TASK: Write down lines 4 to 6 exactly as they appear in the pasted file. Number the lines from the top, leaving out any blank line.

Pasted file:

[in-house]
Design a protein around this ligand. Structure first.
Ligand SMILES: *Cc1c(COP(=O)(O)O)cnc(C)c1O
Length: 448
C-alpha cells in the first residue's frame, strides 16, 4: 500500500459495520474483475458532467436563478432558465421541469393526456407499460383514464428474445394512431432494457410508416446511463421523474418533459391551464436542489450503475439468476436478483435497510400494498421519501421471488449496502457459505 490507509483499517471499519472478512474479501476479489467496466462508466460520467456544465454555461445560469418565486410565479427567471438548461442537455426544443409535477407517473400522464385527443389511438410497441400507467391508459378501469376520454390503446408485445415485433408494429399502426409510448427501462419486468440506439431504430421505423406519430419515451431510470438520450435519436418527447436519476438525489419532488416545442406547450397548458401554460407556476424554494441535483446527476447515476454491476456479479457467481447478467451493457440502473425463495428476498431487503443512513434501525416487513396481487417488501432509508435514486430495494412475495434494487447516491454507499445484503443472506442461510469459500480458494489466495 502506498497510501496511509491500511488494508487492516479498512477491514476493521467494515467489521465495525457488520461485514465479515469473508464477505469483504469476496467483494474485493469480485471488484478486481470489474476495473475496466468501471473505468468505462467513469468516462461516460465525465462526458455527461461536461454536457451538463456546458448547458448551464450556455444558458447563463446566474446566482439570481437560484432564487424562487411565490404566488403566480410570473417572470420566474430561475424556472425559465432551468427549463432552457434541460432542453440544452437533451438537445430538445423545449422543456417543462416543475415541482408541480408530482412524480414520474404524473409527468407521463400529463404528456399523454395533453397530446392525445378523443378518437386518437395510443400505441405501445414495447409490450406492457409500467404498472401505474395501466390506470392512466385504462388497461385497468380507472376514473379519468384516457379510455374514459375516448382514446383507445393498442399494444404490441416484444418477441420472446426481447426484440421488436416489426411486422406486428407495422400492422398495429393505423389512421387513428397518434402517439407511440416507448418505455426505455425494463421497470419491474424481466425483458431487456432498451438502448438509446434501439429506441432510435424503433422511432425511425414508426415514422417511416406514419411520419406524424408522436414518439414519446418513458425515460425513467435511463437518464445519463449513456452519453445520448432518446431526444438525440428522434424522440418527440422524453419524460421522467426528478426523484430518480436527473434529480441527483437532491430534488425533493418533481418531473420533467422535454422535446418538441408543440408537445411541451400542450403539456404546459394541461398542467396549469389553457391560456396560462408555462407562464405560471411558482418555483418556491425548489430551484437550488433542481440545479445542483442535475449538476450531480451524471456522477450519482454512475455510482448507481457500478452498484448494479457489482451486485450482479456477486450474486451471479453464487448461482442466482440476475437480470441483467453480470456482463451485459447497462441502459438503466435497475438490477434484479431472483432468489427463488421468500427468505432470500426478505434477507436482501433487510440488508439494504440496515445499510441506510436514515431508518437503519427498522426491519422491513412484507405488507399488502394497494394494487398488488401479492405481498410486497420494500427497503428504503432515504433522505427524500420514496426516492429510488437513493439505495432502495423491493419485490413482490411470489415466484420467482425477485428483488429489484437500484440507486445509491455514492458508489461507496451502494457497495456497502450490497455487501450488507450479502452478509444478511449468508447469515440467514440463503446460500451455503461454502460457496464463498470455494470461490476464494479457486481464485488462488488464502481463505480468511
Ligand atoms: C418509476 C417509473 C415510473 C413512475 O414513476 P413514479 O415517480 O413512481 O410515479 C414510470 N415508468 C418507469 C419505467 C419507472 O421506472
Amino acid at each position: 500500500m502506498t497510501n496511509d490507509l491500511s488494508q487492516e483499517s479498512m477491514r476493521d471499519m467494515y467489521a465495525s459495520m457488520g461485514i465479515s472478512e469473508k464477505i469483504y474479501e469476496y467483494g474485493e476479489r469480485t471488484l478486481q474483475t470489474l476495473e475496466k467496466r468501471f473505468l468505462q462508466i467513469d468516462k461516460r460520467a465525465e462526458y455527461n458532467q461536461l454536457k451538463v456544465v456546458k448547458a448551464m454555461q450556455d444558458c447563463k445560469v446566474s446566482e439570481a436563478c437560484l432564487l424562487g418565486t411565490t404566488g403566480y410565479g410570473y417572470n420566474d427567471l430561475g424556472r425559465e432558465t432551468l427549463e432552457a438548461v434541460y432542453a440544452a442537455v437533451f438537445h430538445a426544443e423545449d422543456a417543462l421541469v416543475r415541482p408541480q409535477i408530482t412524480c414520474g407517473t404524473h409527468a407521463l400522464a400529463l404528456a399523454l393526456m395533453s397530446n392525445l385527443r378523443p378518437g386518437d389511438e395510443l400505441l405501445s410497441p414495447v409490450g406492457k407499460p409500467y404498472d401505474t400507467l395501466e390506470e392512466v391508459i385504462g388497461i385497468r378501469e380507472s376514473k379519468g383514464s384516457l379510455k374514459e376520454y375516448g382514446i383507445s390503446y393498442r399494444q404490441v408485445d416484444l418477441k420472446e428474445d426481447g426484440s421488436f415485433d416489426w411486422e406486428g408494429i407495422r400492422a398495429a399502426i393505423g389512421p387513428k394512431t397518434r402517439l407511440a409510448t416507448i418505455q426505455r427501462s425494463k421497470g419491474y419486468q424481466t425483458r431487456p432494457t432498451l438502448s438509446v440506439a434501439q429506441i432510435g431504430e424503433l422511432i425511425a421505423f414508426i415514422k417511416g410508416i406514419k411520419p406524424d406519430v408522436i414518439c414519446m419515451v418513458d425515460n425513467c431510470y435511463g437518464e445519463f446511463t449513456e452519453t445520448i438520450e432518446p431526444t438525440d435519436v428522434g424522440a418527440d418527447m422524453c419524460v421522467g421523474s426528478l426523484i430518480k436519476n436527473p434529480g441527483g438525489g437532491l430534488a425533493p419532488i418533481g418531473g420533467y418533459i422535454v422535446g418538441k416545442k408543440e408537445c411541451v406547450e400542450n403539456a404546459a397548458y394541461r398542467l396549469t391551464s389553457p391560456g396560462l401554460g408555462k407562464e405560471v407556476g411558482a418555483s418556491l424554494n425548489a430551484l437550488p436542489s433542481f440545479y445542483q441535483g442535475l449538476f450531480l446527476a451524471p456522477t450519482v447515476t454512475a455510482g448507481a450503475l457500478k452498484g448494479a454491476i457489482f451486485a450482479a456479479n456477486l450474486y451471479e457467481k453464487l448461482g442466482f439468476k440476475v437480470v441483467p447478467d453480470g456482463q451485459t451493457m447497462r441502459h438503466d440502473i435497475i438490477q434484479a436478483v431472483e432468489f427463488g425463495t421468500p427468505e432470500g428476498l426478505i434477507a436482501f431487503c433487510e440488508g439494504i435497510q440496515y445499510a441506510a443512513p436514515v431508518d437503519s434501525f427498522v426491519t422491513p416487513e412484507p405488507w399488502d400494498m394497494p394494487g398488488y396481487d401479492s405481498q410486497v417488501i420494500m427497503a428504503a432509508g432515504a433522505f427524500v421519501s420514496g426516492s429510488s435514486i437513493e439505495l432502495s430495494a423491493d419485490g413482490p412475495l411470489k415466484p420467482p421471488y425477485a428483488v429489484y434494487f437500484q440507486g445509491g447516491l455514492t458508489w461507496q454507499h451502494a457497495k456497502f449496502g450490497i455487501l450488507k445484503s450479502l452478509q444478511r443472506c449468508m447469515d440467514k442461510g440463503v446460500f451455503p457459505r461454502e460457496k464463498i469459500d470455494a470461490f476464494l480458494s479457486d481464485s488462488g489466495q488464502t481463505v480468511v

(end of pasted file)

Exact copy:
Length: 448
C-alpha cells in the first residue's frame, strides 16, 4: 500500500459495520474483475458532467436563478432558465421541469393526456407499460383514464428474445394512431432494457410508416446511463421523474418533459391551464436542489450503475439468476436478483435497510400494498421519501421471488449496502457459505 490507509483499517471499519472478512474479501476479489467496466462508466460520467456544465454555461445560469418565486410565479427567471438548461442537455426544443409535477407517473400522464385527443389511438410497441400507467391508459378501469376520454390503446408485445415485433408494429399502426409510448427501462419486468440506439431504430421505423406519430419515451431510470438520450435519436418527447436519476438525489419532488416545442406547450397548458401554460407556476424554494441535483446527476447515476454491476456479479457467481447478467451493457440502473425463495428476498431487503443512513434501525416487513396481487417488501432509508435514486430495494412475495434494487447516491454507499445484503443472506442461510469459500480458494489466495 502506498497510501496511509491500511488494508487492516479498512477491514476493521467494515467489521465495525457488520461485514465479515469473508464477505469483504469476496467483494474485493469480485471488484478486481470489474476495473475496466468501471473505468468505462467513469468516462461516460465525465462526458455527461461536461454536457451538463456546458448547458448551464450556455444558458447563463446566474446566482439570481437560484432564487424562487411565490404566488403566480410570473417572470420566474430561475424556472425559465432551468427549463432552457434541460432542453440544452437533451438537445430538445423545449422543456417543462416543475415541482408541480408530482412524480414520474404524473409527468407521463400529463404528456399523454395533453397530446392525445378523443378518437386518437395510443400505441405501445414495447409490450406492457409500467404498472401505474395501466390506470392512466385504462388497461385497468380507472376514473379519468384516457379510455374514459375516448382514446383507445393498442399494444404490441416484444418477441420472446426481447426484440421488436416489426411486422406486428407495422400492422398495429393505423389512421387513428397518434402517439407511440416507448418505455426505455425494463421497470419491474424481466425483458431487456432498451438502448438509446434501439429506441432510435424503433422511432425511425414508426415514422417511416406514419411520419406524424408522436414518439414519446418513458425515460425513467435511463437518464445519463449513456452519453445520448432518446431526444438525440428522434424522440418527440422524453419524460421522467426528478426523484430518480436527473434529480441527483437532491430534488425533493418533481418531473420533467422535454422535446418538441408543440408537445411541451400542450403539456404546459394541461398542467396549469389553457391560456396560462408555462407562464405560471411558482418555483418556491425548489430551484437550488433542481440545479445542483442535475449538476450531480451524471456522477450519482454512475455510482448507481457500478452498484448494479457489482451486485450482479456477486450474486451471479453464487448461482442466482440476475437480470441483467453480470456482463451485459447497462441502459438503466435497475438490477434484479431472483432468489427463488421468500427468505432470500426478505434477507436482501433487510440488508439494504440496515445499510441506510436514515431508518437503519427498522426491519422491513412484507405488507399488502394497494394494487398488488401479492405481498410486497420494500427497503428504503432515504433522505427524500420514496426516492429510488437513493439505495432502495423491493419485490413482490411470489415466484420467482425477485428483488429489484437500484440507486445509491455514492458508489461507496451502494457497495456497502450490497455487501450488507450479502452478509444478511449468508447469515440467514440463503446460500451455503461454502460457496464463498470455494470461490476464494479457486481464485488462488488464502481463505480468511
Ligand atoms: C418509476 C417509473 C415510473 C413512475 O414513476 P413514479 O415517480 O413512481 O410515479 C414510470 N415508468 C418507469 C419505467 C419507472 O421506472